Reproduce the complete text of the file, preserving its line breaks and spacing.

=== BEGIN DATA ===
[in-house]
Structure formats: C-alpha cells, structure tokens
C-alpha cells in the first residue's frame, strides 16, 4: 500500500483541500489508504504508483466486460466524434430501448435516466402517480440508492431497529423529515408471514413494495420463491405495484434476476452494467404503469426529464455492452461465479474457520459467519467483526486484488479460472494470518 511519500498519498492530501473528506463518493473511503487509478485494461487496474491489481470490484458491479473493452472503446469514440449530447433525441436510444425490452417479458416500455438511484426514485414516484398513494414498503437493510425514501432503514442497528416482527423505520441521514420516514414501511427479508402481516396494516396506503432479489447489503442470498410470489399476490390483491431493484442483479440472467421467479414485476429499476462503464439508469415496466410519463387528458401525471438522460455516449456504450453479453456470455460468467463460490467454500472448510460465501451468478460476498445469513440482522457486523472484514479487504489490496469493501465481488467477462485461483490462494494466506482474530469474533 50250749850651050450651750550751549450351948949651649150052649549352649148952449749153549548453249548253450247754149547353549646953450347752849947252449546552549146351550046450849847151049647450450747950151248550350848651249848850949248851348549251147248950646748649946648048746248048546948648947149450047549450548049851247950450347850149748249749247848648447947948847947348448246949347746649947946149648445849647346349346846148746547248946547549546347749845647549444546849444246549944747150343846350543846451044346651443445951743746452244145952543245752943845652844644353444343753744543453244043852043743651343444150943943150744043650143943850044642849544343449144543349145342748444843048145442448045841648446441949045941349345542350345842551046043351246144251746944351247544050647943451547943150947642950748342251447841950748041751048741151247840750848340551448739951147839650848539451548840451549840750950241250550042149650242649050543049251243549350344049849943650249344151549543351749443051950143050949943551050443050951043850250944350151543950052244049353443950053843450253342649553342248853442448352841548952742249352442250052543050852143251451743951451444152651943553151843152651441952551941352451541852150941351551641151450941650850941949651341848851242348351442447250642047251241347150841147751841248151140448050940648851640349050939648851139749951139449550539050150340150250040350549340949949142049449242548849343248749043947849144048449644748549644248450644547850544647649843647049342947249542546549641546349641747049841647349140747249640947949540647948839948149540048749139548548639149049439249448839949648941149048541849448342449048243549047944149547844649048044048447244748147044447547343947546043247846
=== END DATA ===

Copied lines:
[in-house]
Structure formats: C-alpha cells, structure tokens
C-alpha cells in the first residue's frame, strides 16, 4: 500500500483541500489508504504508483466486460466524434430501448435516466402517480440508492431497529423529515408471514413494495420463491405495484434476476452494467404503469426529464455492452461465479474457520459467519467483526486484488479460472494470518 511519500498519498492530501473528506463518493473511503487509478485494461487496474491489481470490484458491479473493452472503446469514440449530447433525441436510444425490452417479458416500455438511484426514485414516484398513494414498503437493510425514501432503514442497528416482527423505520441521514420516514414501511427479508402481516396494516396506503432479489447489503442470498410470489399476490390483491431493484442483479440472467421467479414485476429499476462503464439508469415496466410519463387528458401525471438522460455516449456504450453479453456470455460468467463460490467454500472448510460465501451468478460476498445469513440482522457486523472484514479487504489490496469493501465481488467477462485461483490462494494466506482474530469474533 50250749850651050450651750550751549450351948949651649150052649549352649148952449749153549548453249548253450247754149547353549646953450347752849947252449546552549146351550046450849847151049647450450747950151248550350848651249848850949248851348549251147248950646748649946648048746248048546948648947149450047549450548049851247950450347850149748249749247848648447947948847947348448246949347746649947946149648445849647346349346846148746547248946547549546347749845647549444546849444246549944747150343846350543846451044346651443445951743746452244145952543245752943845652844644353444343753744543453244043852043743651343444150943943150744043650143943850044642849544343449144543349145342748444843048145442448045841648446441949045941349345542350345842551046043351246144251746944351247544050647943451547943150947642950748342251447841950748041751048741151247840750848340551448739951147839650848539451548840451549840750950241250550042149650242649050543049251243549350344049849943650249344151549543351749443051950143050949943551050443050951043850250944350151543950052244049353443950053843450253342649553342248853442448352841548952742249352442250052543050852143251451743951451444152651943553151843152651441952551941352451541852150941351551641151450941650850941949651341848851242348351442447250642047251241347150841147751841248151140448050940648851640349050939648851139749951139449550539050150340150250040350549340949949142049449242548849343248749043947849144048449644748549644248450644547850544647649843647049342947249542546549641546349641747049841647349140747249640947949540647948839948149540048749139548548639149049439249448839949648941149048541849448342449048243549047944149547844649048044048447244748147044447547343947546043247846